However, it is certainly the case that USG can barely contain its contempt for the political parties here and in many ways passively undermined their efforts (or, conversely, failed to support them in ways they did in other countries). US praise for the certification of the election results — especially given the appalling process for dealing with complaints and the well-documented poor conduct of the election — is explicable only within the framework of US strategic interests here.

And the base hasn’t even been built yet…..

Kuda January 20, 2006 at 1:27 am

Firstly, apologies. I have posted a story I read a while back that focusses more on Russia, as oppssed to Central Asia. However, the article touches on issues discussed above, specifically Freedom Hose and its links to the US government.

The article below is clearly biased against Freedom House and its activities, but, if true, does point out fairly clear links between politics and some of the NGOs operating in CA.

In general thought I would be more surprised to read an article stating that NGO are impartial.
Most are to an extent politically motivated and corrupt.

“Freedom”‘s Just Another Word For Fascism

By Mark Ames
The Putin regime’s moves to tighten controls over foreign NGOs is being portrayed in the West as yet another example of Russia’s savage authoritarianism and anti-Western paranoia. While only a drunken apologist could deny Putin’s authoritarianism, the real question is whether or not the crackdown on NGOs is a symptom of classic tyrant-paranoia, or if it has a valid basis.
If the Putin regime is being paranoid, then the case of blue-chip NGO Freedom House – an American NGO whose name seems to pop up more than any other in this part of the world, particularly when it comes to the push for democracy – provides a clear example of Henry Kissinger’s dictum that “even a paranoid has some real enemies.”
Freedom House was founded innocuously enough in 1941 by Eleanor Roosevelt, wife of the President and one of the great modern champions of human rights, and Wendell Willkie, the Republican candidate for president in 1940, uniting the mainstream American political spectrum to ensure that it would not be accused of being ideological. It was founded, according to its website, out of concern “with the mounting threats to peace and democracy…[and has been] a vigorous proponent of democratic values and a steadfast opponent of dictatorships of the far left and the far right.”
Who today is the far-left/right dictatorship that Freedom House steadfastly opposes?
James Woolsey, who chaired Freedom House for the past three years and only recently stepped aside, told Radio Free Europe in an interview in October that Russia was one of, if not the, main target. “We are really quite honored that President Putin, who is increasingly coming to head a government that is edging towards fascism in Russia, would be critical of what the NGOs, including Freedom House, were doing to help bring about a movement toward democracy in Ukraine,” he said.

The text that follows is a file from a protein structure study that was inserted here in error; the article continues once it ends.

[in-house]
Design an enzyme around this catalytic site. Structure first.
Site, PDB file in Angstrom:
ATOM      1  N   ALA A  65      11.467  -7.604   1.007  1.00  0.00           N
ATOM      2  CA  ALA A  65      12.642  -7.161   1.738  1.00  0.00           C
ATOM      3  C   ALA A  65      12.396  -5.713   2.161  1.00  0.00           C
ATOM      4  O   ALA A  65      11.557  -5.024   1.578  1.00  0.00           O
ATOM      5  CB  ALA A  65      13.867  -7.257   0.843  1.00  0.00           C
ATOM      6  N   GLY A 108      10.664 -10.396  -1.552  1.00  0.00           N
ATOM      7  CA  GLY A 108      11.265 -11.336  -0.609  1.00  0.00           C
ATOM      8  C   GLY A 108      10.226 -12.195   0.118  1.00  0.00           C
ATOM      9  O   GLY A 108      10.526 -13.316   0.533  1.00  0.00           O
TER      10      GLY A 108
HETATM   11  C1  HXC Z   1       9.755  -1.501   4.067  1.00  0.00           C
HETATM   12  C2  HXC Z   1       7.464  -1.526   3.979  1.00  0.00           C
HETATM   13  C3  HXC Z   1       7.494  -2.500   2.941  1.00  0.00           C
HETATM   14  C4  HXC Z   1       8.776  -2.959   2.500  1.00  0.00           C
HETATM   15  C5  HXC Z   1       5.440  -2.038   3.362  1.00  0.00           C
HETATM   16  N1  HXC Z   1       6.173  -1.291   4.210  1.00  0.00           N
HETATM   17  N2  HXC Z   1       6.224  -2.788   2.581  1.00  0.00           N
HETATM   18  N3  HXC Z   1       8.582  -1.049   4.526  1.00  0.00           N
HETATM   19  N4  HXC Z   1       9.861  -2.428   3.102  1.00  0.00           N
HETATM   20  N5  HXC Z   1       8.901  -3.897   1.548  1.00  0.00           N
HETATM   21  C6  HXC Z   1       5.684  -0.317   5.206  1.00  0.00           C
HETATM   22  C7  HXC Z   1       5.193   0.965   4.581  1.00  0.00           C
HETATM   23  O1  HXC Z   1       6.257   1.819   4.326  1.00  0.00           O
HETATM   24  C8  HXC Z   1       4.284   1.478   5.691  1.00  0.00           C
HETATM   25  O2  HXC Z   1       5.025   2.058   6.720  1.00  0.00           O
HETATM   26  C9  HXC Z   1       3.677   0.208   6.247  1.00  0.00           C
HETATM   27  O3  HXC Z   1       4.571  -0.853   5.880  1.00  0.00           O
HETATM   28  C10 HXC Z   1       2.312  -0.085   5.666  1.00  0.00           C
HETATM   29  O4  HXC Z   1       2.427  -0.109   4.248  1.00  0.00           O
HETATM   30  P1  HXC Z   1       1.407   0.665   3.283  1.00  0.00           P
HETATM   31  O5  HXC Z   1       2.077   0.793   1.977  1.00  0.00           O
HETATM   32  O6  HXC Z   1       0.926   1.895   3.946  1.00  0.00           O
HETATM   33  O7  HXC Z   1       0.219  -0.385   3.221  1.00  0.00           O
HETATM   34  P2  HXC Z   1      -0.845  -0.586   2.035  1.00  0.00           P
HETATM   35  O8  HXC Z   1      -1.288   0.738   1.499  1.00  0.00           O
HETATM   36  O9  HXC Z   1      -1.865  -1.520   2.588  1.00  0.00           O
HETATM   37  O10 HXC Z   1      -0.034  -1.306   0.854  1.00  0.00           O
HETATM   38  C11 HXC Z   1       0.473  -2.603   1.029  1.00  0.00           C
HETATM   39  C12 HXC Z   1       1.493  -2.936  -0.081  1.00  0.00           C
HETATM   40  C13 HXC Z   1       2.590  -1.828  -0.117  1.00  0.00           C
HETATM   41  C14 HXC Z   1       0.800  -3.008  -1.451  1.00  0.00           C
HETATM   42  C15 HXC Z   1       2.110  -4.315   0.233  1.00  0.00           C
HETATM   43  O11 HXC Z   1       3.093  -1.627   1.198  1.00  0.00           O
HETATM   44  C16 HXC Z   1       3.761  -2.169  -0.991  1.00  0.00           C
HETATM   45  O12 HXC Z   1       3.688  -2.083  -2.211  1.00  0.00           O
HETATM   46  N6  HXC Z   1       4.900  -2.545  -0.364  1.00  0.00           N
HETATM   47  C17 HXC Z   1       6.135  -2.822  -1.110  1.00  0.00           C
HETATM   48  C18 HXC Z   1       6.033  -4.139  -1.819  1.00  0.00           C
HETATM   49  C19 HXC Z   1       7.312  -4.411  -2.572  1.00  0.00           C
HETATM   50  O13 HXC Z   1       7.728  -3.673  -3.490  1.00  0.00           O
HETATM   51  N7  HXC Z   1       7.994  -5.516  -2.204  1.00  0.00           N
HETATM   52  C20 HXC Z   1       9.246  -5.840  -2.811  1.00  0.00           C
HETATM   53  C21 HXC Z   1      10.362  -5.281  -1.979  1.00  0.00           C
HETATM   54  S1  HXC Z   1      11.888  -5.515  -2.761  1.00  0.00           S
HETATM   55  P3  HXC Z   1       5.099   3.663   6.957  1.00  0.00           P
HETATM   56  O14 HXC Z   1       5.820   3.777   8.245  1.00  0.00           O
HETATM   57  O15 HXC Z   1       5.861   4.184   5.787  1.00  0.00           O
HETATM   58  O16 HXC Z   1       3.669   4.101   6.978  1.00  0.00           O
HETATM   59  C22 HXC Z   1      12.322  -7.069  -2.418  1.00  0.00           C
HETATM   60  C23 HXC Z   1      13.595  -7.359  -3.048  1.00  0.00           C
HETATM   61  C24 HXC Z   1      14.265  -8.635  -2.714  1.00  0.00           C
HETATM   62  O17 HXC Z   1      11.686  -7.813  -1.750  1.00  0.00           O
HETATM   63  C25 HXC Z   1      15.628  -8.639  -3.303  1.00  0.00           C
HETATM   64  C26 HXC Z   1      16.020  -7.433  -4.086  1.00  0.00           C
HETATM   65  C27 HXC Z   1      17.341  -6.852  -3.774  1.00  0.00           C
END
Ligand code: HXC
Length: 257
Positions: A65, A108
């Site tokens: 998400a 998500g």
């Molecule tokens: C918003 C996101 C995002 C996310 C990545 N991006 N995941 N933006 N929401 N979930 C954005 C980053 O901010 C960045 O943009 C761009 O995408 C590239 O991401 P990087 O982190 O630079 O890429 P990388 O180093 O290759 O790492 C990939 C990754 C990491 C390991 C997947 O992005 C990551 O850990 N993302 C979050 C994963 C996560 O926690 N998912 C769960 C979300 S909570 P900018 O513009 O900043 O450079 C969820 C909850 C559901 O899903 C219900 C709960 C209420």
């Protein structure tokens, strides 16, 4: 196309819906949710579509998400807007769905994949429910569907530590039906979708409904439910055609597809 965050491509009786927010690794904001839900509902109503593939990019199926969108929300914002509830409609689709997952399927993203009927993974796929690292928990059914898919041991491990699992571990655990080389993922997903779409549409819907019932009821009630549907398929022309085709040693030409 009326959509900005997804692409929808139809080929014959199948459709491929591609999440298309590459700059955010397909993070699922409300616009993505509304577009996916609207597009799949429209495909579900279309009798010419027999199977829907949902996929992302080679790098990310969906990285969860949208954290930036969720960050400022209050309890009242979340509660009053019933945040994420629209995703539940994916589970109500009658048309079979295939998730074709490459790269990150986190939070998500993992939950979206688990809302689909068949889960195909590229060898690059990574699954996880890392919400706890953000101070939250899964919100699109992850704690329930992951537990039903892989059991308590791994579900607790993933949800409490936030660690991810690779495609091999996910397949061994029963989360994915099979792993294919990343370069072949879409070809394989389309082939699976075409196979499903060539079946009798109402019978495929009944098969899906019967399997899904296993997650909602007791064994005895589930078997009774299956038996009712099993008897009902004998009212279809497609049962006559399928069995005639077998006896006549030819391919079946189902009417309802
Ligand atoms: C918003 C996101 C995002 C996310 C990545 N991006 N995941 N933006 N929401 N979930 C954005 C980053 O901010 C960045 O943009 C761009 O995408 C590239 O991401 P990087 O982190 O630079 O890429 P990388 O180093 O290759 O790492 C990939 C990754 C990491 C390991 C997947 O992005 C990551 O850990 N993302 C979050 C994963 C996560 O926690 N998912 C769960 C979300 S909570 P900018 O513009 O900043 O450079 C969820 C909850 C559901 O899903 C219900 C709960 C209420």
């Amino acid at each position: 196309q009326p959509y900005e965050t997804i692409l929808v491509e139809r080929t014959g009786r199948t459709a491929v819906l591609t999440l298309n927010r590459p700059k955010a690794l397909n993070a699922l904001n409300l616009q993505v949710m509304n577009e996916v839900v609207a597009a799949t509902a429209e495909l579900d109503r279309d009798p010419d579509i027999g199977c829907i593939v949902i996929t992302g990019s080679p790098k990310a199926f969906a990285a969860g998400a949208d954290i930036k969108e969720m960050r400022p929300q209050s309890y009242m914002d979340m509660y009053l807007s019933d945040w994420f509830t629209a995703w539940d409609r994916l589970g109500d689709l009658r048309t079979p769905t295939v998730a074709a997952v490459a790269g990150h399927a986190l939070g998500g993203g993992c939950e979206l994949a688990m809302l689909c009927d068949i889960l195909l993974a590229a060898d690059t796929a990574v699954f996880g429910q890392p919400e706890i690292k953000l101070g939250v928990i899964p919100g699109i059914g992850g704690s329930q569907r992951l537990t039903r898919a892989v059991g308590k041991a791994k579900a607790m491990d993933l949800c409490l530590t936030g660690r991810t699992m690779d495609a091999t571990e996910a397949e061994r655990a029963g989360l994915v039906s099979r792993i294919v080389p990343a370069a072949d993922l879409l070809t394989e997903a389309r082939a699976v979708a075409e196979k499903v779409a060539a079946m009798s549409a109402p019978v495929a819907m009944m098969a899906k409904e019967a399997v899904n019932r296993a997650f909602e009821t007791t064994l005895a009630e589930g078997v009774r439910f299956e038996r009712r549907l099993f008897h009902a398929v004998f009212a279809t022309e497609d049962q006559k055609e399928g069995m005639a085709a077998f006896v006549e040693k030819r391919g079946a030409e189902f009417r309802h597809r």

He described Russia as “fascist” several times in the interview. “We had a period of time in the early 1990s when we were working cooperatively with the Russian security services, but now apparently they have decided to try and blame the security services in the West for their own movement toward fascism,” he said. “Mr. Putin and his movement toward fascism in Russia are on the wrong side of history. They are not going to succeed… ultimately they will lose.”
All of this warlike talk might be excusable, even laudable, if it came from a genuine human rights activist who paid for these words. But this is James Woolsey – one of the closest things America has to a Blackshirt (if we’re going to abuse this over-abused word as he does). Indeed it’s almost comical – in the way that so many insane-rightwing-plots are pure applied black comedy in the Bush Era – that a seemingly-heroic, do-good NGO like Freedom House could be led by one of the most nefarious vertebrates ever to befoul the halls of American power. You’d think that Woolsey, the notorious neocon goon and ex-CIA head, would have better things to do than to front organizations which would seem, on the surface, better suited for the likes of a Jimmy Carter. But then again, it’s even scarier to consider that his role there is no accident.
A little background: Woolsey, among other things, was one of the original founding members of the Project for the New American Century, the neocon vanguard which, in 1997, called for: a massive rearming of America to ensure that it had full spectrum dominance; aggressive use of American power, including military, to implement and secure American global domination; and the invasion, occupation, and democratization of Iraq. As most anti-Bush watchers know, the PNAC group famously bemoaned the fact that its imperial policies would meet resistance with the American public: “[T]he process of transformation, even if it brings revolutionary change, is likely to be a long one, absent some catastrophic and catalyzing event — like a new Pearl Harbor.” Like, as in, a 9/11. What luck!